Other methods include what ACHK calls “elite capture,” wherein an individual or business is given a lucrative opportunity but is then forced or compelled to comply with their pro-Beijing partners.
“Individuals may choose to self-censor in exchange for continued financial support or collaboration,” ACHK states.
If carrots don’t work, sticks are used, ACHK asserts. “Intimidation abroad works in tandem with threats against family members of those who dare to speak out” on China-related human rights concerns, it says.
“Recently, activists in Vancouver had received death threats from condemning a provincial advisory council chairperson who was gaslighting Uyghurs,” stated the report, as an example.
Likewise, China-connected commercial developments, personal junkets and social conferences woo politicians; particularly provincial and municipal politicians as a tactic to avoid federal-level scrutiny.
The report, for example, is critical of the BC NDP’s refusal to address and condemn China’s treatment of minorities while pursuing trade agreements with the authoritarian regime.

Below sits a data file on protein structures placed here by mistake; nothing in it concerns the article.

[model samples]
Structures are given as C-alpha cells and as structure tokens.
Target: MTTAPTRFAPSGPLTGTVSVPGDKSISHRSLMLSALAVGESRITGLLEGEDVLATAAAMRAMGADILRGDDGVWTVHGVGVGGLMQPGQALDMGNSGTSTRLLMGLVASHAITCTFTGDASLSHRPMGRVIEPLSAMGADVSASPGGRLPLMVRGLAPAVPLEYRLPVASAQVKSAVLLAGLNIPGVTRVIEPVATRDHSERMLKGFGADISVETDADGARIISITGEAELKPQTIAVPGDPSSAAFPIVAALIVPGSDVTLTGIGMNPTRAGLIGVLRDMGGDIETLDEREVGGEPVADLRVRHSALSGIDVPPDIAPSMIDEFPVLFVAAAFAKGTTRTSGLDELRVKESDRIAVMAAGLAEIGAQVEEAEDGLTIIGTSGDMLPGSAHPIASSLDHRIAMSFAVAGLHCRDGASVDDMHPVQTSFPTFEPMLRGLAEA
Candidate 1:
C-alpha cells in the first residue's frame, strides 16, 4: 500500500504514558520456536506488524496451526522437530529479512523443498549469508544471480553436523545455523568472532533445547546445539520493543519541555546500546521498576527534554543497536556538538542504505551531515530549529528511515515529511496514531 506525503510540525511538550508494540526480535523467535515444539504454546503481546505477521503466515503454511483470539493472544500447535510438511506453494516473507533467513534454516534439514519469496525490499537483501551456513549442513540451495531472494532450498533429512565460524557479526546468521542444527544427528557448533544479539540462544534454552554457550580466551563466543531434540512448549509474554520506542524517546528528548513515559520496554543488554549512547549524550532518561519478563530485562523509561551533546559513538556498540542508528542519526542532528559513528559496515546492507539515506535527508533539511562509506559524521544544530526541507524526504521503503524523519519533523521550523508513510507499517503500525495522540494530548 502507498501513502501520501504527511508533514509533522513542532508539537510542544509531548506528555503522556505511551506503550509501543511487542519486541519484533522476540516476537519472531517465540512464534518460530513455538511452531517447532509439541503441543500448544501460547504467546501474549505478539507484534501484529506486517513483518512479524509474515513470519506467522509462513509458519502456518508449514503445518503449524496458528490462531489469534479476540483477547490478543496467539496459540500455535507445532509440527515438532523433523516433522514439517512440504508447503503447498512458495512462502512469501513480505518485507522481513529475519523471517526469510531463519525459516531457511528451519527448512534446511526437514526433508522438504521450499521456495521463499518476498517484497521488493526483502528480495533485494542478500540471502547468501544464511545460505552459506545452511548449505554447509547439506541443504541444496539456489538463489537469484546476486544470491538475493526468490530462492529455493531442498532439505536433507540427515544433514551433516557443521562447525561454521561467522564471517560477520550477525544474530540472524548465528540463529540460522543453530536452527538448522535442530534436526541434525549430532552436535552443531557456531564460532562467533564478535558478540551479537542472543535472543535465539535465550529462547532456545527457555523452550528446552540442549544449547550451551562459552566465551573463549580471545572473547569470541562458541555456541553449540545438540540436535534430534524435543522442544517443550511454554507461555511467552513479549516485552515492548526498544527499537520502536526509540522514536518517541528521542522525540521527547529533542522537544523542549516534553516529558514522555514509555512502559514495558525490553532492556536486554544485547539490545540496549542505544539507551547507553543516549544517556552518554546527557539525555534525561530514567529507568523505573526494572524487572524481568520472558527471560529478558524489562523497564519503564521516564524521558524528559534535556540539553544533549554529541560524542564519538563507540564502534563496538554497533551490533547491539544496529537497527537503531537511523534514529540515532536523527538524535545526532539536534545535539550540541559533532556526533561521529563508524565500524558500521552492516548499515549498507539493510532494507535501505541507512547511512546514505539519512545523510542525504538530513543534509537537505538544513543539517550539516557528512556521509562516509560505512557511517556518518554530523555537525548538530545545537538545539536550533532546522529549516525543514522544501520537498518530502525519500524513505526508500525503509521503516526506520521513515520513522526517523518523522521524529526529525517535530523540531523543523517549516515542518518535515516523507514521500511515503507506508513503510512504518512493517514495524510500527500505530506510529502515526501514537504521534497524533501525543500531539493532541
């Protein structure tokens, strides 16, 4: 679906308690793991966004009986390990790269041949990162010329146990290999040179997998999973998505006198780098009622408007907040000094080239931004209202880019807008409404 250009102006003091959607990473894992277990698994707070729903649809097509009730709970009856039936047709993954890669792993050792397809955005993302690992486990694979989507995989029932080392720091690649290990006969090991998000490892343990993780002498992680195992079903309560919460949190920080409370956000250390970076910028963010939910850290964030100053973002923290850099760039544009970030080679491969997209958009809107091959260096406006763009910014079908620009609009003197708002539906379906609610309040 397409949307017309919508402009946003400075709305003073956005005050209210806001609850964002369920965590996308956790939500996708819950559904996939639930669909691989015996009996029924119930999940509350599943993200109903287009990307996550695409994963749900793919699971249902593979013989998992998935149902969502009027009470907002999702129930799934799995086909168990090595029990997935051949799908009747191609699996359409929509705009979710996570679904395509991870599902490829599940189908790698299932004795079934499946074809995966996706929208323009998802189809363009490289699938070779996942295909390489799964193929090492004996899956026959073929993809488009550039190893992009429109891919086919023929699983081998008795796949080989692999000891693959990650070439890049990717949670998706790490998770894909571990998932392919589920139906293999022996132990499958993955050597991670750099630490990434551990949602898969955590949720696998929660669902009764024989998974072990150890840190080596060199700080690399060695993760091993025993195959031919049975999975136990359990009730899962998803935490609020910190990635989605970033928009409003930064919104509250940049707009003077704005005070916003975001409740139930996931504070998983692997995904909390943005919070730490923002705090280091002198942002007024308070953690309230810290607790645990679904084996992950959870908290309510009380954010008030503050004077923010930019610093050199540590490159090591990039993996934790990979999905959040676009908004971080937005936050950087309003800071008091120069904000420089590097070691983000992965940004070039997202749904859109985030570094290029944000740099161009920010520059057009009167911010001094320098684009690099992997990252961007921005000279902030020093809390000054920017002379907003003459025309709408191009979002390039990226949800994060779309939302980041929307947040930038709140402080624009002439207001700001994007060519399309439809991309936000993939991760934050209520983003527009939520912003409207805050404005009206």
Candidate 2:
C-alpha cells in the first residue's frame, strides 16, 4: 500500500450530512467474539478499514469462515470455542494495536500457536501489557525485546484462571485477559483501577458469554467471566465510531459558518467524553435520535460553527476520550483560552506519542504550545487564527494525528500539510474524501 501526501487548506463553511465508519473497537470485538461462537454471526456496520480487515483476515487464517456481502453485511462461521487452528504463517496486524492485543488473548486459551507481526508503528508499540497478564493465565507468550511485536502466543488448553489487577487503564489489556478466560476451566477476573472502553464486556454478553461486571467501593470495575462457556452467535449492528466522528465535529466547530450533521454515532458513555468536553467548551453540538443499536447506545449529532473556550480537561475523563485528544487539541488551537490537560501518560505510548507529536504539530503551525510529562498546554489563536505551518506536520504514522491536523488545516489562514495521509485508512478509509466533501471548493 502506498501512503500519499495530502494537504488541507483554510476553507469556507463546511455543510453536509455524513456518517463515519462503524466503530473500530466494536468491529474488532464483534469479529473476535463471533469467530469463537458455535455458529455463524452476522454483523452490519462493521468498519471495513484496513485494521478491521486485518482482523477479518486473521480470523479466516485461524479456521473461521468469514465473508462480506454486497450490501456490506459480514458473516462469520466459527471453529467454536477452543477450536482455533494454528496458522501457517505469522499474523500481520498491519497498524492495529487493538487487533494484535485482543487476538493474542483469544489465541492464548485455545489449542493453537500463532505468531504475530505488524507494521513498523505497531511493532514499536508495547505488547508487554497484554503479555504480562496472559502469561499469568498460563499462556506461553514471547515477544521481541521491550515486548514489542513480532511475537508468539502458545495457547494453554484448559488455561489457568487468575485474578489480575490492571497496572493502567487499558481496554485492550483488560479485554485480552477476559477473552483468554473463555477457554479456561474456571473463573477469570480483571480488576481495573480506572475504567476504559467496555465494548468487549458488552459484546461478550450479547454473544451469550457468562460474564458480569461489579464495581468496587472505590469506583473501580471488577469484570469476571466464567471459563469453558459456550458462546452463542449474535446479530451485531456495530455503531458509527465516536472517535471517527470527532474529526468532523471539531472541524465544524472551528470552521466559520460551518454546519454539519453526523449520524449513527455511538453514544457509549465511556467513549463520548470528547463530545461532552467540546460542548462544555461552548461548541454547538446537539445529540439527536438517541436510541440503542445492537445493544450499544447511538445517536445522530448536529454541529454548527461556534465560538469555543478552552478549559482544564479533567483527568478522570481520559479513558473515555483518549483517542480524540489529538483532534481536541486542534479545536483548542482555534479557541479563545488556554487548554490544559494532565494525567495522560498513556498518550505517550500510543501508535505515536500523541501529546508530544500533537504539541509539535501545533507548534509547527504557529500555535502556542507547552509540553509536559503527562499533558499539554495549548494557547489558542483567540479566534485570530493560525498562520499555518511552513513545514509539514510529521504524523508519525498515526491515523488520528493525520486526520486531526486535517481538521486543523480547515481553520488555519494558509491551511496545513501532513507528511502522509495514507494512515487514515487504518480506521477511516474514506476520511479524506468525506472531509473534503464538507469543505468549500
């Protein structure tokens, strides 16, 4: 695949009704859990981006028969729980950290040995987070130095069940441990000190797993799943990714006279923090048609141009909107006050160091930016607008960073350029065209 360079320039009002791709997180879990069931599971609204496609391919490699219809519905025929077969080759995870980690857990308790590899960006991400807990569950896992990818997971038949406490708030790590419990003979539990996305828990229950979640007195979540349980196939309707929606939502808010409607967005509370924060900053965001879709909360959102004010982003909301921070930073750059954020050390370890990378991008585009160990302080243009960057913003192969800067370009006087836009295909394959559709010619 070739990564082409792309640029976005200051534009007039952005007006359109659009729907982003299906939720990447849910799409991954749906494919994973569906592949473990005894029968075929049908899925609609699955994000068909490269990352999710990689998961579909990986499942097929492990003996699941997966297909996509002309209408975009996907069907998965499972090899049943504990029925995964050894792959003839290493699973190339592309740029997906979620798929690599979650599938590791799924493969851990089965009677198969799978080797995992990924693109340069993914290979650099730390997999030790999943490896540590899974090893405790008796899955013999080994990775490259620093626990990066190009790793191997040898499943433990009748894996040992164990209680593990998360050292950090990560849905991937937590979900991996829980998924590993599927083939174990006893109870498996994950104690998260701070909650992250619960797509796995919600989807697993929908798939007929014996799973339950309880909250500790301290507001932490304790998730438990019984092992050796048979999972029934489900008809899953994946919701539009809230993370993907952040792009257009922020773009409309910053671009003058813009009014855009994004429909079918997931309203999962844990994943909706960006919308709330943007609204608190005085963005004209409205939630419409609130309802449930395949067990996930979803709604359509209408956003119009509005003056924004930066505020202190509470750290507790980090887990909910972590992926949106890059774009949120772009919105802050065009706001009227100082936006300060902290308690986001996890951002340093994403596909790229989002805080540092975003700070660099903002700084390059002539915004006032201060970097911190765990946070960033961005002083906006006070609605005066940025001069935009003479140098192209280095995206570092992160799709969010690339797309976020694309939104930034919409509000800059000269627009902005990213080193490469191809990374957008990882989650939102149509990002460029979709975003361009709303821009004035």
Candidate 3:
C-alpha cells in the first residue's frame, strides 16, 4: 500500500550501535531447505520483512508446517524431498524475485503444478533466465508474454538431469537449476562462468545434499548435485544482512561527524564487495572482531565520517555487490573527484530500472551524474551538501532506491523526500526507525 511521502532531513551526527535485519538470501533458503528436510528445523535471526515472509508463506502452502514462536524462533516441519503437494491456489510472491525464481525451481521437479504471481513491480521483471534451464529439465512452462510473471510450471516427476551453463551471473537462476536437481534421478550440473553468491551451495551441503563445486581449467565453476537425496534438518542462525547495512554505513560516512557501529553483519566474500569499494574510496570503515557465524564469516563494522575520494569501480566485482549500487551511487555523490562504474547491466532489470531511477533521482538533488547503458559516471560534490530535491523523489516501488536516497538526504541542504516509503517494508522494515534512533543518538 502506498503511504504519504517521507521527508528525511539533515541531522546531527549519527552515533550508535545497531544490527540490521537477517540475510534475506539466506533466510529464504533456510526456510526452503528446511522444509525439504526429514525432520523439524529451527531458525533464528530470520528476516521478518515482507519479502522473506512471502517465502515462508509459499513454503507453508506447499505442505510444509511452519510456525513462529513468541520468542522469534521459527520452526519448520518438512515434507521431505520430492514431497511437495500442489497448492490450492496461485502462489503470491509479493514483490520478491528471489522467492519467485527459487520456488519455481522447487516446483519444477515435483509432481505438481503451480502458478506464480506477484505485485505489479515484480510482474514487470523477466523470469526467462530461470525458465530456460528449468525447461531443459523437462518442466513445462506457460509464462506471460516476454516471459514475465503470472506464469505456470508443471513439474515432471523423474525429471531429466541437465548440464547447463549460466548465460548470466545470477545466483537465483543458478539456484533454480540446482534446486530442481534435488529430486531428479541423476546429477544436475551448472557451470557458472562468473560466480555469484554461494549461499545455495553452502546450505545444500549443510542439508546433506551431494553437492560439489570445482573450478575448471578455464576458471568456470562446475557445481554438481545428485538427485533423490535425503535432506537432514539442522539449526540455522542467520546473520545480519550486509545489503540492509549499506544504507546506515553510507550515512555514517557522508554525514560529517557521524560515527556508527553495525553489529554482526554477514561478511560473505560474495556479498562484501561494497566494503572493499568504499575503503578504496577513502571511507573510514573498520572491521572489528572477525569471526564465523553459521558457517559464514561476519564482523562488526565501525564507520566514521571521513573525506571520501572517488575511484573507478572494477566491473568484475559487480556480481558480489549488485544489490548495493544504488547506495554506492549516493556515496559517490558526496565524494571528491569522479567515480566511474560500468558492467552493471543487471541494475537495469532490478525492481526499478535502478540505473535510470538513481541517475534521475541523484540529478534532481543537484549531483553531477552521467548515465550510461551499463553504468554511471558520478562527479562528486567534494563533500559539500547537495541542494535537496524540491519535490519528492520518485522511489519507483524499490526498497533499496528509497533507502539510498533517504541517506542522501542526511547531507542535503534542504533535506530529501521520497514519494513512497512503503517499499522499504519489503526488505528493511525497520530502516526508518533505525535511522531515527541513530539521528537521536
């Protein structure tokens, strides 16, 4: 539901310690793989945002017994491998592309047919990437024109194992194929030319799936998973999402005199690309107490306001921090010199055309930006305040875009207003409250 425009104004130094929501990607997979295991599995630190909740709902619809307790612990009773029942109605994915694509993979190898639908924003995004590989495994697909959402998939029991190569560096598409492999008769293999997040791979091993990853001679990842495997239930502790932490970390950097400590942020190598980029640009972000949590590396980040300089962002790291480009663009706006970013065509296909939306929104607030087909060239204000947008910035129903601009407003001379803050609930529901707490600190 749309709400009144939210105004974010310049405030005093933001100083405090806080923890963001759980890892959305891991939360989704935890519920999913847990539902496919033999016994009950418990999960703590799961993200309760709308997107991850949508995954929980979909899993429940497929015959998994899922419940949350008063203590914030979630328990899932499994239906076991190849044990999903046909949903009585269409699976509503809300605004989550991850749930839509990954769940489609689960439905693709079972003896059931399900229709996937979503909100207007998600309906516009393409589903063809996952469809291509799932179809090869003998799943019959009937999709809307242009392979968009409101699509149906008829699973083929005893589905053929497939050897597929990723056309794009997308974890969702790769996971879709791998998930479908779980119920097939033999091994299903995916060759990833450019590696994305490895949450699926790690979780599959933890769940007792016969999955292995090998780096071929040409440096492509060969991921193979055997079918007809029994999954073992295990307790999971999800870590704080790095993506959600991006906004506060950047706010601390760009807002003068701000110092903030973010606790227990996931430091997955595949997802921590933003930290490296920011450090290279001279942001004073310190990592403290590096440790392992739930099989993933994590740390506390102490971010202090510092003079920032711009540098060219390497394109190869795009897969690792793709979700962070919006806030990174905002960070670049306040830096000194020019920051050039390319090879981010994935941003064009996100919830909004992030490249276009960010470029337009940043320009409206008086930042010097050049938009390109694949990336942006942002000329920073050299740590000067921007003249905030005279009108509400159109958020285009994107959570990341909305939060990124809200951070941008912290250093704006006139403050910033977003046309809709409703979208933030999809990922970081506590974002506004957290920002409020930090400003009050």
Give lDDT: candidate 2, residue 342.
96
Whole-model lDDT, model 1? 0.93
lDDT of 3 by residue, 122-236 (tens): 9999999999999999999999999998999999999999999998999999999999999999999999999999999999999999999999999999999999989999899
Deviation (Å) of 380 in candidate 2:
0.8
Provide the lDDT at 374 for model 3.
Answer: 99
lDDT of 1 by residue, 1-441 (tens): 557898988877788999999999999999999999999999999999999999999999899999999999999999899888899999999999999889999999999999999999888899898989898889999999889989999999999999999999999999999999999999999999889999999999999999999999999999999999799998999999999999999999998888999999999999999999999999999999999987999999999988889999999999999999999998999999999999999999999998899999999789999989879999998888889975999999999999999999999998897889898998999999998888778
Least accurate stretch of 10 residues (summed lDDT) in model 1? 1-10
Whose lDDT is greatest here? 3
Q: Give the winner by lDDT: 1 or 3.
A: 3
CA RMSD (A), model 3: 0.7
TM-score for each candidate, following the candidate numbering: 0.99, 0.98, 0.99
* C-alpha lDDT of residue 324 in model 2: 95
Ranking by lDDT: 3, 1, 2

Additionally, surveillance is a concern, says ACHK. Bejing may employ allies in Canada or use the internet. The report notes how Facebook identified a Chinese hacking operation that targeted Uyghurs in Canada this year.
“WeChat has become a global conduit of Chinese state propaganda, surveillance and intimidation,” the Hong Kong group adds.
A perceived problem cited by Wong and ACHK is that municipal police, RCMP and CSIS “do not know how to address foreign state harassment concerns.”
A specific problem faced by authorities is determining when pro-Beijing supporters cross the line in countering the many pro-democracy demonstrations in Vancouver.
“These incidents are seen as singular events, rather than coordinated campaigns to silence dissent across Canada. This becomes tricky for law enforcement agencies as intervention could be seen as a violation of Canadian Charter.”